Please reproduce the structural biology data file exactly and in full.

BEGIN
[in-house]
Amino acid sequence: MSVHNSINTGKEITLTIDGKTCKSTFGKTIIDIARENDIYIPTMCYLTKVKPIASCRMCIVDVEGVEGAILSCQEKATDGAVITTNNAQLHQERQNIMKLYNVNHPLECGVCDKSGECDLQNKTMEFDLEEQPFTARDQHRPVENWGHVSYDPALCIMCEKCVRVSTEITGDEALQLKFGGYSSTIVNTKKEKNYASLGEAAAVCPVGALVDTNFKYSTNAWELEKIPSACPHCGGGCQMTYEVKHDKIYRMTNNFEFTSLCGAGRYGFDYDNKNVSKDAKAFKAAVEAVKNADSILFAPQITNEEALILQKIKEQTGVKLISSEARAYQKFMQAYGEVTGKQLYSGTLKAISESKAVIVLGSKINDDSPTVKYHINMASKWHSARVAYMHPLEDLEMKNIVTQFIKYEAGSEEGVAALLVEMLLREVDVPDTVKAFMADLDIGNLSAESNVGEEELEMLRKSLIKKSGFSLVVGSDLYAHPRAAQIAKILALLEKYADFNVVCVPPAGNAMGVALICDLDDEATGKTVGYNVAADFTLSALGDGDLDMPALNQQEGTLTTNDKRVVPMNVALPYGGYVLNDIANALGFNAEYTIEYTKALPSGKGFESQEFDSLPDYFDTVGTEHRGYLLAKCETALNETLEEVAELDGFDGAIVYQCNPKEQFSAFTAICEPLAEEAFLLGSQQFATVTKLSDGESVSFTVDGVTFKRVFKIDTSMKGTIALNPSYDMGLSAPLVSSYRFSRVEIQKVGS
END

[in-house]
Amino acid sequence: MSVHNSINTGKEITLTIDGKTCKSTFGKTIIDIARENDIYIPTMCYLTKVKPIASCRMCIVDVEGVEGAILSCQEKATDGAVITTNNAQLHQERQNIMKLYNVNHPLECGVCDKSGECDLQNKTMEFDLEEQPFTARDQHRPVENWGHVSYDPALCIMCEKCVRVSTEITGDEALQLKFGGYSSTIVNTKKEKNYASLGEAAAVCPVGALVDTNFKYSTNAWELEKIPSACPHCGGGCQMTYEVKHDKIYRMTNNFEFTSLCGAGRYGFDYDNKNVSKDAKAFKAAVEAVKNADSILFAPQITNEEALILQKIKEQTGVKLISSEARAYQKFMQAYGEVTGKQLYSGTLKAISESKAVIVLGSKINDDSPTVKYHINMASKWHSARVAYMHPLEDLEMKNIVTQFIKYEAGSEEGVAALLVEMLLREVDVPDTVKAFMADLDIGNLSAESNVGEEELEMLRKSLIKKSGFSLVVGSDLYAHPRAAQIAKILALLEKYADFNVVCVPPAGNAMGVALICDLDDEATGKTVGYNVAADFTLSALGDGDLDMPALNQQEGTLTTNDKRVVPMNVALPYGGYVLNDIANALGFNAEYTIEYTKALPSGKGFESQEFDSLPDYFDTVGTEHRGYLLAKCETALNETLEEVAELDGFDGAIVYQCNPKEQFSAFTAICEPLAEEAFLLGSQQFATVTKLSDGESVSFTVDGVTFKRVFKIDTSMKGTIALNPSYDMGLSAPLVSSYRFSRVEIQKVGS